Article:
Egon Schiele, Woman In a Black Pinafore, 1911.

Lawsuit Over Egon Schiele Works Tests HEAR Act

A pair of watercolors by Egon SchieleWoman In a Black Pinafore, 1911, and Woman Hiding Her Face, 1912—which were seized from the London dealer Richard Nagy at an art fair three years ago, are going to be auctioned off at Christie’s this fall, per the orders of a New York judge, writes David D’Arcy of the Art Newspaper. They are expected to sell for anywhere between $5 million and $7 million.

The pieces, however, are at the heart of a legal battle. The heirs of Fritz Grünbaum, a Jewish collector and theater artist who died in 1941 at the Dachau concentration camp, say that the works belong to them, as the Nazis stole the pieces from Grünbaum. The heirs made their claim to the works in 2015. A judge ruled in their favor in April of this year, before a trial could be set—a test of the new Holocaust Expropriated Art Recovery (or HEAR) Act. The heirs were also given “damages, costs, and reasonable attorneys’ fees,” as ordered by the judge.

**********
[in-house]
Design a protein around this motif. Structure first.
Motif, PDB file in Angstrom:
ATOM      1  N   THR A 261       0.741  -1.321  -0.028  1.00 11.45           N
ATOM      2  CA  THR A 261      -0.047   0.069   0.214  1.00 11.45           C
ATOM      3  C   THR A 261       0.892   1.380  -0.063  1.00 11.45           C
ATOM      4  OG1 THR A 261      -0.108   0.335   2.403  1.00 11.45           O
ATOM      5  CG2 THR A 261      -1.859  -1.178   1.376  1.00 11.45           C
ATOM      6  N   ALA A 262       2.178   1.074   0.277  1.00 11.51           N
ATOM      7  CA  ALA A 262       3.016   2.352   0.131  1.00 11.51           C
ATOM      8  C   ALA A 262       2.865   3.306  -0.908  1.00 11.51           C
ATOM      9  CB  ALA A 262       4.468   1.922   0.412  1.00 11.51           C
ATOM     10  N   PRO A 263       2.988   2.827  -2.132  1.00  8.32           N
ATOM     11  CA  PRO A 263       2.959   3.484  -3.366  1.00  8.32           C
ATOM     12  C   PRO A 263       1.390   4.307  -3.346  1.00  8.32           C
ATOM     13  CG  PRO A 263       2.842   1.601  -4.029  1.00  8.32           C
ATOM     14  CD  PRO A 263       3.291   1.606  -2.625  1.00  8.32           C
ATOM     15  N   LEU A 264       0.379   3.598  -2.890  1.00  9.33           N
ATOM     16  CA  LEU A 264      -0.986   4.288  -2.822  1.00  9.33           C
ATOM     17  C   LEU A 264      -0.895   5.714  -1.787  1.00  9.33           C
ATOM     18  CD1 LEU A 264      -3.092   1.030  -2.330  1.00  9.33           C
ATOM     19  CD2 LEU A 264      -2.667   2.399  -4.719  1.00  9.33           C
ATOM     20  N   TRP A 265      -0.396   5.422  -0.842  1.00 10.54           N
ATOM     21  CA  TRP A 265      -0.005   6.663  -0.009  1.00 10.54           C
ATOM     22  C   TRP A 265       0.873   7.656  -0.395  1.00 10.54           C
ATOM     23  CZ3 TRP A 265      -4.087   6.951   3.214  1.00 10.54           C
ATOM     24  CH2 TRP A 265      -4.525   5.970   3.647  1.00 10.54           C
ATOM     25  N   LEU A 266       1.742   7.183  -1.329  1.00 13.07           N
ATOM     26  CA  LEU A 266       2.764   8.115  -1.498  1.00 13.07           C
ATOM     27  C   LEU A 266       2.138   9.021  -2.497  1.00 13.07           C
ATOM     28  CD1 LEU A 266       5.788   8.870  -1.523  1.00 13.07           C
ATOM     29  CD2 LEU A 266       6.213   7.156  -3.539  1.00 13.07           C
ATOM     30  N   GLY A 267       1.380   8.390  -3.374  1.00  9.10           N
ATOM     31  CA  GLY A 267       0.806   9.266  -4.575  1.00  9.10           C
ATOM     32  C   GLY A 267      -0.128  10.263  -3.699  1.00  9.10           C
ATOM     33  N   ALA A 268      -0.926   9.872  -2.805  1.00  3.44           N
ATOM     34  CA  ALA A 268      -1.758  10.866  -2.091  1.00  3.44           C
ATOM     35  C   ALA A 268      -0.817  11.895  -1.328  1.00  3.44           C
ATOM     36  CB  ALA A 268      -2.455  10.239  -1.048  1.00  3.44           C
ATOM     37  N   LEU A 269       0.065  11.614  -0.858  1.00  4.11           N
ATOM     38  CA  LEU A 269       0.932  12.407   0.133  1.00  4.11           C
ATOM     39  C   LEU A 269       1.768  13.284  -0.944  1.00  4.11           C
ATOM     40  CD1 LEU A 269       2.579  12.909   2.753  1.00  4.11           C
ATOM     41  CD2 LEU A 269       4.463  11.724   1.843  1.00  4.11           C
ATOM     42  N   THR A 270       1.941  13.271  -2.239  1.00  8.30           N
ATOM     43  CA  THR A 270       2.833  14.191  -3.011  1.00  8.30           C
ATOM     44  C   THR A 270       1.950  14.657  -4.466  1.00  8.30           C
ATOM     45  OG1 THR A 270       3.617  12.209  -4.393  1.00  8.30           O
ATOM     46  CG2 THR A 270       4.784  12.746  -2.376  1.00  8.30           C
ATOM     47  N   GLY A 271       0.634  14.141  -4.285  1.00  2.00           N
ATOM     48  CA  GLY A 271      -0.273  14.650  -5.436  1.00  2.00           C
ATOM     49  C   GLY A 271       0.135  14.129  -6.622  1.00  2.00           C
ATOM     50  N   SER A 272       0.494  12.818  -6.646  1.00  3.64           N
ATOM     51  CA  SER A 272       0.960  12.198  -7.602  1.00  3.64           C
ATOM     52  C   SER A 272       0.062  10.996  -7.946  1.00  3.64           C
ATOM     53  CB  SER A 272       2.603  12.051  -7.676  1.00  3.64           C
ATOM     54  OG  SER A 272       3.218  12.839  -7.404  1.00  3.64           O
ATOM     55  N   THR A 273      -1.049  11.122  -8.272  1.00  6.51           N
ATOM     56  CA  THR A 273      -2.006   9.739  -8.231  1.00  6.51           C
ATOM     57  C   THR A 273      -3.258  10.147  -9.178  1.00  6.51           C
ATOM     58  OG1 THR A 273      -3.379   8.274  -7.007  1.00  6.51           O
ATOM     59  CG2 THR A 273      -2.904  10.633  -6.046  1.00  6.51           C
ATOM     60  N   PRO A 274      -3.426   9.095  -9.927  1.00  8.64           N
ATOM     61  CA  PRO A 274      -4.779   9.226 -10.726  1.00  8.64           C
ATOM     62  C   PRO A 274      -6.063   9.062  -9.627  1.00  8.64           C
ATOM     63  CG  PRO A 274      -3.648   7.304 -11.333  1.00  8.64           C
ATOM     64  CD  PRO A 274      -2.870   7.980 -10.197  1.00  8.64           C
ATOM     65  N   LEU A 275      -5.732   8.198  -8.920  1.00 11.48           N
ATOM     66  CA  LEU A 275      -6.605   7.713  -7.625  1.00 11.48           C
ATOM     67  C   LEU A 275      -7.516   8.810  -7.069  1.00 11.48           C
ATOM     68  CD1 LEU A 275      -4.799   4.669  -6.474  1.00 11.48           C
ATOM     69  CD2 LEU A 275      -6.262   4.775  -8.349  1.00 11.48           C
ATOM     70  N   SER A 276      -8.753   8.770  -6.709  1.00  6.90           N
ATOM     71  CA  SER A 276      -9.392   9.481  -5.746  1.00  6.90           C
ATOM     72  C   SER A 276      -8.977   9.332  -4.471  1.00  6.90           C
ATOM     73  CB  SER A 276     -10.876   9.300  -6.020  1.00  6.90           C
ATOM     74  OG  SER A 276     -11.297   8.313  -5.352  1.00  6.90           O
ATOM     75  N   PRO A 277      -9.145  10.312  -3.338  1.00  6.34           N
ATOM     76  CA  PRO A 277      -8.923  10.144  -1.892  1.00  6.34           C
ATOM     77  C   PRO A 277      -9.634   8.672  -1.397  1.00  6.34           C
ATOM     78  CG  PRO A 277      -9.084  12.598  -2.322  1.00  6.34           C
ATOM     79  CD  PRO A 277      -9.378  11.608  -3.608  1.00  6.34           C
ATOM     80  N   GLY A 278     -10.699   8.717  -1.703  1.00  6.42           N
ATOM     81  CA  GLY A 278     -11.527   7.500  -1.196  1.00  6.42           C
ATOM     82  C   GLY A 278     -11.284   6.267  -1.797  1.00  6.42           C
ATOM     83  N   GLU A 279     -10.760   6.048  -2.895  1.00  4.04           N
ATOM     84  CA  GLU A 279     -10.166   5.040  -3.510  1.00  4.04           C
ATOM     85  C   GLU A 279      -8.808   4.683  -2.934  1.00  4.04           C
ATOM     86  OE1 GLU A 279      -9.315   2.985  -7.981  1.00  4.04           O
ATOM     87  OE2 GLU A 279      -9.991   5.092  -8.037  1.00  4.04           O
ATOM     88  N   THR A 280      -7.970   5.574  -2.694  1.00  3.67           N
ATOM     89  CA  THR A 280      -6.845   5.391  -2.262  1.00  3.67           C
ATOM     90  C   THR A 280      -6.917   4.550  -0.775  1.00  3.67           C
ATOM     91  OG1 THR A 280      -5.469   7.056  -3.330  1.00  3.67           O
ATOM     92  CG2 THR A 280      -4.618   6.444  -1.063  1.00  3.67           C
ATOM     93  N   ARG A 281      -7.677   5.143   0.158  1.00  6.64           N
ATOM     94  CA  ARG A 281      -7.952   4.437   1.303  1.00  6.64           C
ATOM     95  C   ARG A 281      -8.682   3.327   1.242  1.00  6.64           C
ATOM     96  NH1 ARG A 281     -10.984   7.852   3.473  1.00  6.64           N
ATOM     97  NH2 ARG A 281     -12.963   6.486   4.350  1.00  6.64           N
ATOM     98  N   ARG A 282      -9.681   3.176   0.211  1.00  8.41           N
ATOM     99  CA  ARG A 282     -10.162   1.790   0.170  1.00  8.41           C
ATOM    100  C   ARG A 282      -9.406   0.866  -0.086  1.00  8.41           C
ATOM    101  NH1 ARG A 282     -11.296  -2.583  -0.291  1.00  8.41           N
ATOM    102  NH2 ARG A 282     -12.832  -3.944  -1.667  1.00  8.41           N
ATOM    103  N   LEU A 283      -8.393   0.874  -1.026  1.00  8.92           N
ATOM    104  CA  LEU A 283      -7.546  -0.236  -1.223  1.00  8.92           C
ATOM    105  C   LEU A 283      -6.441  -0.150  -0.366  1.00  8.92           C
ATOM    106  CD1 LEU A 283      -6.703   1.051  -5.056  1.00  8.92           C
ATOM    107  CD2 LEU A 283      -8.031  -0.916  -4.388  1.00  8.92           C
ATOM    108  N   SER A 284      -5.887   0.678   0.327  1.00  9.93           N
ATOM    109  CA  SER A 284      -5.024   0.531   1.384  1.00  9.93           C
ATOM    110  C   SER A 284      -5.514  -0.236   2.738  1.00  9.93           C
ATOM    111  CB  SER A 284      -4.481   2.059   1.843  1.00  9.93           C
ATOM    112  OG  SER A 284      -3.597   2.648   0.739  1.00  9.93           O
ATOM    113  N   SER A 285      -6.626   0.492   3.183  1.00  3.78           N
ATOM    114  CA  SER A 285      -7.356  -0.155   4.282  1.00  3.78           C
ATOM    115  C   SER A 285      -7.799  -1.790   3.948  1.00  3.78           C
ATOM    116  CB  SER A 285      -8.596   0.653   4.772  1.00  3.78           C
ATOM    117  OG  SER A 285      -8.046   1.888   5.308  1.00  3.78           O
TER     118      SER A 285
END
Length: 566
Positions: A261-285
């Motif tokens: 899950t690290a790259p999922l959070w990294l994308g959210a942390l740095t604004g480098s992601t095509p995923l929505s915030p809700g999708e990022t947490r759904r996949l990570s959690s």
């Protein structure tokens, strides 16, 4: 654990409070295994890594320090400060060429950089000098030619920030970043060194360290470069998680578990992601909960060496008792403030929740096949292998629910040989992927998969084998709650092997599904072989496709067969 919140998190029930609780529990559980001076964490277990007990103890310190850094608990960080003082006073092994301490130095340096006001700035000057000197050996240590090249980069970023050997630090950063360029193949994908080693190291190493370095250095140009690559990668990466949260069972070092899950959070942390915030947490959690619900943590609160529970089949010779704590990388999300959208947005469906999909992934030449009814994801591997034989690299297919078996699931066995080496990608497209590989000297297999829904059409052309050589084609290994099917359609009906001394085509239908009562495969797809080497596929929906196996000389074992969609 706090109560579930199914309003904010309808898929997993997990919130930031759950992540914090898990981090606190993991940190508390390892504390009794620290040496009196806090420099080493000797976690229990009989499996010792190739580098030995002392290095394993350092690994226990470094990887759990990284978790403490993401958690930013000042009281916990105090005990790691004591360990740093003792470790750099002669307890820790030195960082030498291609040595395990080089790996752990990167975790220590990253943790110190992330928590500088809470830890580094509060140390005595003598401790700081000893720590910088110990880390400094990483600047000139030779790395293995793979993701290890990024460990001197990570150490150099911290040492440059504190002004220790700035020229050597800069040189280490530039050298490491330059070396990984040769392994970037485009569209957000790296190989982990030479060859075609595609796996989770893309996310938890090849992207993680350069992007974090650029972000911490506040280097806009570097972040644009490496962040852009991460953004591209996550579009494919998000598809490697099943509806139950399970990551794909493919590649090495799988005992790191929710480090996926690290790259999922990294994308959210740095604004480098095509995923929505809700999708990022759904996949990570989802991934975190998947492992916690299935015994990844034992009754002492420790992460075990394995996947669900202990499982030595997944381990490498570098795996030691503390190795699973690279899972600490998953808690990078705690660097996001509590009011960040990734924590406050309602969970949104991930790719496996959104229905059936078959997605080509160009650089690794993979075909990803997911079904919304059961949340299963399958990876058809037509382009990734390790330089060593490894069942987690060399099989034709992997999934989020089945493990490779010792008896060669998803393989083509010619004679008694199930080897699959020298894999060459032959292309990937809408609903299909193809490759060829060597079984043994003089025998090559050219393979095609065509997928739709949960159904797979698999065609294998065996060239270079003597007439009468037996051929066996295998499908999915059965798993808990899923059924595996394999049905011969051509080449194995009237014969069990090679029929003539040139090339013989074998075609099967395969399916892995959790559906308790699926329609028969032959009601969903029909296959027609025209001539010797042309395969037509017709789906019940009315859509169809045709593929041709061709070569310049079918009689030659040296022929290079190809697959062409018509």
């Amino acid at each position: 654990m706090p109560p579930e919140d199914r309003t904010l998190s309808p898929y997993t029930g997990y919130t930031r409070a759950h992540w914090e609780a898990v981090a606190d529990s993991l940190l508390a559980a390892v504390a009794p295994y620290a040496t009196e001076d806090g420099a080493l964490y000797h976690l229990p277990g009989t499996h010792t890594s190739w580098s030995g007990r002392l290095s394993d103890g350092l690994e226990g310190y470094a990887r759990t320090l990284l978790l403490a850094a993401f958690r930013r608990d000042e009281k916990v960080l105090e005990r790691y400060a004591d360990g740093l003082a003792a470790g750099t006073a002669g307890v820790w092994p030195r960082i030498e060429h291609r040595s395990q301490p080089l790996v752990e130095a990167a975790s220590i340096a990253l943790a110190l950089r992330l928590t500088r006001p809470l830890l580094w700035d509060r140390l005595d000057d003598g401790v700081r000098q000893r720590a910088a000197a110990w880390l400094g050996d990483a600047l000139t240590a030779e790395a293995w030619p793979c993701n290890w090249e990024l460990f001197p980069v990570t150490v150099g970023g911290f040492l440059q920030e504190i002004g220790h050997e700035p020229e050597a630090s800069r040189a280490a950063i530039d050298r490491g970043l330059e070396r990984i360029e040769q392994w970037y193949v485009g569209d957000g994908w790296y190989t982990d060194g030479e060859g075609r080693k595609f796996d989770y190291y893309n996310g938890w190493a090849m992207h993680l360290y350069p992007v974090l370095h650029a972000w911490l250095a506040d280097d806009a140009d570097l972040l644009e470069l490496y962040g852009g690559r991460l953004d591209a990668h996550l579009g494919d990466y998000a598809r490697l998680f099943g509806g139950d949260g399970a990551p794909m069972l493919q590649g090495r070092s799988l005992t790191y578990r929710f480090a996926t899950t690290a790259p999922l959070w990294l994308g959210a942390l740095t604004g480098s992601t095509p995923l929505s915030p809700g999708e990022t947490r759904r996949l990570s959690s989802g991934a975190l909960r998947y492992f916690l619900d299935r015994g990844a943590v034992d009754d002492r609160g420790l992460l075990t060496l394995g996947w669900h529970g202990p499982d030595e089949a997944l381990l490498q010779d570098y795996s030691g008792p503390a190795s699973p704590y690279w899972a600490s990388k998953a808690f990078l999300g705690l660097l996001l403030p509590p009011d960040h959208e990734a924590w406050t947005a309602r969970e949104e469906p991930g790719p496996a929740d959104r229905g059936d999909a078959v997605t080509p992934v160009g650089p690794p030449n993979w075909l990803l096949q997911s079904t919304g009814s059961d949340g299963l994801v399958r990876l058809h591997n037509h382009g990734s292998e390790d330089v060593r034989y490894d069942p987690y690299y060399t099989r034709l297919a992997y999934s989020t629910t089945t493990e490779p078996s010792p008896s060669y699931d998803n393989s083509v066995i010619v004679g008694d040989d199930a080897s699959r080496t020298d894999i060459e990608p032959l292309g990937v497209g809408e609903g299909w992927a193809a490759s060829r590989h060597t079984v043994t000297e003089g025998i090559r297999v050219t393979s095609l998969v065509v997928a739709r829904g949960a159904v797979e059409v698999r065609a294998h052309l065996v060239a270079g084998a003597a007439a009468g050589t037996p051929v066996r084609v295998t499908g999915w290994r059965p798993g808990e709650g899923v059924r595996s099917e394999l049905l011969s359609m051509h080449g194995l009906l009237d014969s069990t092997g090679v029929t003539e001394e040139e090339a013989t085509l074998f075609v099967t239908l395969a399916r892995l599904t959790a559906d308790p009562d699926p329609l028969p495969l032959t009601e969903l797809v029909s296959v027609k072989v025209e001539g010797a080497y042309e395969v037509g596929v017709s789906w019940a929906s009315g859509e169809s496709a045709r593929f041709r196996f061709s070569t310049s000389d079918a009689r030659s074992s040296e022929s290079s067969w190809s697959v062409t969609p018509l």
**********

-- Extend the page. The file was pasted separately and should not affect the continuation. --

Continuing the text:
Nagy’s lawyer, Thaddeus Stauber, is planning to appeal the decision, as he feels it was made prematurely. A clear title to the Schiele works cannot be set until a court rules on the appeal, said Stauber. “It’s very odd,” the lawyer added, “that there would be a signed consignment agreement with any auction house when you’ve got this cloud over the painting.” The lawyer for Grünbaum’s heirs, however, thinks that “the chances of an appeal being successful are zero.”

Nagy’s provenance researchers say that the works were sold at auction in 1955 and 1956 by Grünbaum’s sister-in-law in Bern, Switzerland, which means that the works weren’t looted by the Nazis or owned by Grünbaum. Stauber went on to argue that the heirs haven’t made any new evidence available to challenge these findings. Lynn Nicholas, the author of The Rape of Europa (1994), a book about art thefts by the Third Reich, wrote in a court brief on Nagy’s behalf: “There is also no evidence that either work was sold under duress, confiscated, stolen or looted by the Nazis.”